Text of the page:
33. R. Ruppin, “Electromagnetic energy density in a dispersive and absorptive material,” Phys. Lett. A **299**(2-3), 309–312 (2002). [CrossRef]

34. F. Forstmann and H. Stenschke, “Electrodynamics at metal boundaries with inclusion of plasma waves,” Phys. Rev. Lett. **38**(23), 1365–1368 (1977). [CrossRef]

*β*= 0 in the Drude model, Eq. (9) can be converted to Eq. (7) [33

33. R. Ruppin, “Electromagnetic energy density in a dispersive and absorptive material,” Phys. Lett. A **299**(2-3), 309–312 (2002). [CrossRef]

*p*is the ratio of the total dissipation energy to the total mode energy. When

*λ*= 1.55

*μ*m, we have

*p*= 2.17% in the nonlocal model and

*p*= 2.18% in the Drude model for this HPW. Here we can see that a relatively lower loss is obtained in the nonlocal model. This agrees with the simulation result that the propagation distance is longer in the nonlocal model than that in the Drude model. An amazing point is that in the meantime the mode area is smaller in the nonlocal model than that in the Drude model because the continuity of the normal component of

**E**in the nonlocal model enables a peak energy density located in the metal side at the interface between the metal and dielectric. When the propagation distance is 2.5

*μ*m, the mode area is 4.4 × 10

^{−6}

*λ*

^{2}in the traditional Drude model at 1.55

*μ*m. The mode area is 2.8 × 10

^{−6}

*λ*

^{2}and the propagation distance is 2.6

*μ*m in the hydrodynamic model at 1.55

*μ*m. To the best of our knowledge, this is the best result that has ever been reported about the mode area (note that the energy density distribution given in Ref [35

35. R. Hao, E. Li, and X. Wei, “Two-dimensional light confinement in cross-index-modulation plasmonic waveguides,” Opt. Lett. **37**(14), 2934–2936 (2012). [CrossRef] [PubMed]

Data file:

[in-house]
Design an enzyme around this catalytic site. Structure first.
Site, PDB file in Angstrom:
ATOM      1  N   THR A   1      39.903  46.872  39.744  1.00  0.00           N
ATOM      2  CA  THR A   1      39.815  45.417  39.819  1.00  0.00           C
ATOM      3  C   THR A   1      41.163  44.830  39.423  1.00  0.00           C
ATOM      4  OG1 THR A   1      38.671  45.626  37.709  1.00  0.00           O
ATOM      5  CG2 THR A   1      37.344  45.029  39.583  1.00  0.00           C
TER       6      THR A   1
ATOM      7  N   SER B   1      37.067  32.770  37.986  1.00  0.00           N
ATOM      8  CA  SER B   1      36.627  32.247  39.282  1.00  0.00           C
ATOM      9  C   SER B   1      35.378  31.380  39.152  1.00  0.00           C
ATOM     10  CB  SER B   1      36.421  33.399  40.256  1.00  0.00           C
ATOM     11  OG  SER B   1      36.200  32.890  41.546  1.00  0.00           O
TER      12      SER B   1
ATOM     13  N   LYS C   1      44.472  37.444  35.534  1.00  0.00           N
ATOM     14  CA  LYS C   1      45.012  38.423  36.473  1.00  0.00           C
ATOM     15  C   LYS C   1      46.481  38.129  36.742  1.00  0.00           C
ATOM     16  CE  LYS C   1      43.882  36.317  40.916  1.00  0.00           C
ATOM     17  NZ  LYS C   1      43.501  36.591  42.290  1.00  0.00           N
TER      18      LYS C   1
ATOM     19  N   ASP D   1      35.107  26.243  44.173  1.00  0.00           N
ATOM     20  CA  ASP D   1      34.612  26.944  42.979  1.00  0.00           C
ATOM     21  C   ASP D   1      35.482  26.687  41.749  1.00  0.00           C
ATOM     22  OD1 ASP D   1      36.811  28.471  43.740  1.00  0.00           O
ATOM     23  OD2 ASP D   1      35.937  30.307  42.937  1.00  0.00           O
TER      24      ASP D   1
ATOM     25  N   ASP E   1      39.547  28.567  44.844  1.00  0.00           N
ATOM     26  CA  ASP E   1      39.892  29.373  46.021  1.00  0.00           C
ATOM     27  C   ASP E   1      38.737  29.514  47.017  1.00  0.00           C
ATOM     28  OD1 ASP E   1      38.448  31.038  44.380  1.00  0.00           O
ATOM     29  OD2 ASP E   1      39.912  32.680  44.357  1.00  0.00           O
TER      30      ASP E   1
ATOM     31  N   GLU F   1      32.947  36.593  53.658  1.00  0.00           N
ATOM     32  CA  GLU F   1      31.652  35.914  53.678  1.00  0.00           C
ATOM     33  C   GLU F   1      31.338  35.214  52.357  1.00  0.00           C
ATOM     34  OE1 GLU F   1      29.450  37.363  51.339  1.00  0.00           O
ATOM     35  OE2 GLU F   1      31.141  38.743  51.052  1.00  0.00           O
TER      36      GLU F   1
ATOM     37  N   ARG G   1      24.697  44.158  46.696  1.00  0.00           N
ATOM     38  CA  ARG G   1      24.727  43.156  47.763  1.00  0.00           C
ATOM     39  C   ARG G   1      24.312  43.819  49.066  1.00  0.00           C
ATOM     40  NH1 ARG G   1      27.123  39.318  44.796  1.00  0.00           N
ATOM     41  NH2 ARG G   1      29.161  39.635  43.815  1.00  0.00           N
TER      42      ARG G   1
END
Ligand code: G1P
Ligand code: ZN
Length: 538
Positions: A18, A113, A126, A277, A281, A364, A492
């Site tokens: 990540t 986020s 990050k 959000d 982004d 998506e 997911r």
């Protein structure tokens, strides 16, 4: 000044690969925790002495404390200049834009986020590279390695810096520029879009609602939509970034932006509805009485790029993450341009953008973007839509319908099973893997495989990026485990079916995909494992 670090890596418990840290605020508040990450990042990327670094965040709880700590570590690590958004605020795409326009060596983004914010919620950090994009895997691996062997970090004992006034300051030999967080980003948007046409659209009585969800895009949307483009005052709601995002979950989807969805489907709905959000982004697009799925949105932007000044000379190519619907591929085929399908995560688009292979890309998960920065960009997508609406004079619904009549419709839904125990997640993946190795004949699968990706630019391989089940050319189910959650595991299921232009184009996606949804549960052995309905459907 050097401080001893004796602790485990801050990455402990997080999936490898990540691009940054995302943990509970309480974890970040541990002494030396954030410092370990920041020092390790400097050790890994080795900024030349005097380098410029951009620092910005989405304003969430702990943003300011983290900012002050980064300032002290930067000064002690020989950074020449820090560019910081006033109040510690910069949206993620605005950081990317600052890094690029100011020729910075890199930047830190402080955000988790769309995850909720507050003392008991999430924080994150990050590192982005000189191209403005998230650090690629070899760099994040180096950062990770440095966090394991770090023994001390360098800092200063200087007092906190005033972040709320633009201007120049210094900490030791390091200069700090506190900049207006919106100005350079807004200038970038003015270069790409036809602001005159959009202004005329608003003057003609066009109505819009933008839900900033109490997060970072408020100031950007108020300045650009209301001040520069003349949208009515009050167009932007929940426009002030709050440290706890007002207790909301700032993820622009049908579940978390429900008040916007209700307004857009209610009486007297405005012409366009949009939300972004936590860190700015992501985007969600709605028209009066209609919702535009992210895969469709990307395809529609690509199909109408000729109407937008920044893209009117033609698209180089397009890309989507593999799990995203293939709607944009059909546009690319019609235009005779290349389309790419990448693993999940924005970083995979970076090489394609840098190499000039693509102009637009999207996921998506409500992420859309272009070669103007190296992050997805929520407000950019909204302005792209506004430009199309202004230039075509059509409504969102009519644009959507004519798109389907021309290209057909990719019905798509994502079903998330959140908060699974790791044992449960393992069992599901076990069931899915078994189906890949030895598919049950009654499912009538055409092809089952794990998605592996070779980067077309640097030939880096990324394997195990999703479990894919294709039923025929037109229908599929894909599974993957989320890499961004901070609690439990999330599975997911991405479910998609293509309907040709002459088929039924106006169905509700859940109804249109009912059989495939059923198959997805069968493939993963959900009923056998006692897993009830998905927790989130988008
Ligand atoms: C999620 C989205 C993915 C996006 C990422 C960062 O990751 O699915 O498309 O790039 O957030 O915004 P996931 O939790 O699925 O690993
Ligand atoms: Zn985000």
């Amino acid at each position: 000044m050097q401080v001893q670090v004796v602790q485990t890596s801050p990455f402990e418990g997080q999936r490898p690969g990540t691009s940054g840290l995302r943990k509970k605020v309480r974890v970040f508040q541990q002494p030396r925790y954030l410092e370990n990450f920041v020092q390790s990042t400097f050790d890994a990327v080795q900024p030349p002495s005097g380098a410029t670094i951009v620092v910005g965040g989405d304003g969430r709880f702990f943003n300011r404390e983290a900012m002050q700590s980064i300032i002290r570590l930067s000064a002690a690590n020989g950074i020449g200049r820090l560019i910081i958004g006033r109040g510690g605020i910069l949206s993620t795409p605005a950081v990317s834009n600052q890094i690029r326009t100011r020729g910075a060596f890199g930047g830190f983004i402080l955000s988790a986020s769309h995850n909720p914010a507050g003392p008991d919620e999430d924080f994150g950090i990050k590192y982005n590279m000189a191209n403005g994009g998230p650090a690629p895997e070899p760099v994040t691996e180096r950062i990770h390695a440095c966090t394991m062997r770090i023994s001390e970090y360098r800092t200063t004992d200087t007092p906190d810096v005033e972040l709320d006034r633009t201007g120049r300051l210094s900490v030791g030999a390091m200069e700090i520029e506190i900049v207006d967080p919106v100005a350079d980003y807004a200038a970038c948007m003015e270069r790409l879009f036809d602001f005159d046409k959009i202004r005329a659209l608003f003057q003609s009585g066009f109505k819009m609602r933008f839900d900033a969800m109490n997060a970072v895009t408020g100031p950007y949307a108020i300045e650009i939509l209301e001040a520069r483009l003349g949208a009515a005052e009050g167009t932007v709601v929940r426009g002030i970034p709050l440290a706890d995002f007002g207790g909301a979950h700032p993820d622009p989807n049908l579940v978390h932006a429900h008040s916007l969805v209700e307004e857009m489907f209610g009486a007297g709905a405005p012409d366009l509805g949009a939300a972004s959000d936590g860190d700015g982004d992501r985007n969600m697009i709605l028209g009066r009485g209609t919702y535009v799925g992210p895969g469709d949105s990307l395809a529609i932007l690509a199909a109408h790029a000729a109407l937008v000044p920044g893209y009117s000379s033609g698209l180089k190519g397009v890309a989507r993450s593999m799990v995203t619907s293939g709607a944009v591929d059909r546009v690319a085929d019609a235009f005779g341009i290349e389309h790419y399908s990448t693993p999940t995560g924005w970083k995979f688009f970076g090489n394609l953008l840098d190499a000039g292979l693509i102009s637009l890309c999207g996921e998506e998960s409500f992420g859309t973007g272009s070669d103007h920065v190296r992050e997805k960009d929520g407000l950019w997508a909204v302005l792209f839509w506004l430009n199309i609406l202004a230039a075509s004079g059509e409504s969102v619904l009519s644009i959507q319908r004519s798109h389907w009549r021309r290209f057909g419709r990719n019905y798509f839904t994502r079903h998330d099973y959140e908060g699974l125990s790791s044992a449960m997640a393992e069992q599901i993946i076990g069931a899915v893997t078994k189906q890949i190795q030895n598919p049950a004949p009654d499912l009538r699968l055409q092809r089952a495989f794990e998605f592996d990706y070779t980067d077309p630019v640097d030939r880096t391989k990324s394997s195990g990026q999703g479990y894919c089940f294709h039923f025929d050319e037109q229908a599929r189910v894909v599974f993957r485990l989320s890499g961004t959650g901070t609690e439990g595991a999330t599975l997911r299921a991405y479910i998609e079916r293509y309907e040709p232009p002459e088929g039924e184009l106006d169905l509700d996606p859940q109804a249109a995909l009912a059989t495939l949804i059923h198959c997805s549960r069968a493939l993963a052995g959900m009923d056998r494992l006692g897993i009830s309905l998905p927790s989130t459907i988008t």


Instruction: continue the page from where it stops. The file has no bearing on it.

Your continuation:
*λ*decreases, while the ratio of the mode area to the

*λ*is increased as

^{2}*λ*decreases. Panels 3(c), (d) show the electromagnetic energy density distribution at a wavelength of 1.55

*μ*m for both the nonlocal model and the Drude model. The difference between the energy density distributions of the nonlocal model and the Drude model is associated with the boundary condition and the changes in the induced-charge distribution. In the Drude model, the charge is strictly a surface charge, while in the nonlocal model the charge density is finite and the longitudinal mode penetration depth

*δ*tends to spatially smear out the charge distribution. Effectively, this smearing increases the electric field penetration into the metal, which causes the energy density strong in the thin layer near the metal surface.

_{L}*μ*m. In Figs. 4(a) and 4(b), when the gap height decreases from 7nm to 3nm, the mode area keeps decreasing while the propagation distance does not change notably. When the gap height is reduced further, the mode area decreases to the order of 10

^{−6}

*λ*

^{2}. The results of the nonlocal hydrodynamic model and the traditional Drude model have the same tendency. However, the difference between the mode areas simulated by the two models increases as the gap increases.

*L*) to the effective mode radius (

_{prop}*R*) [36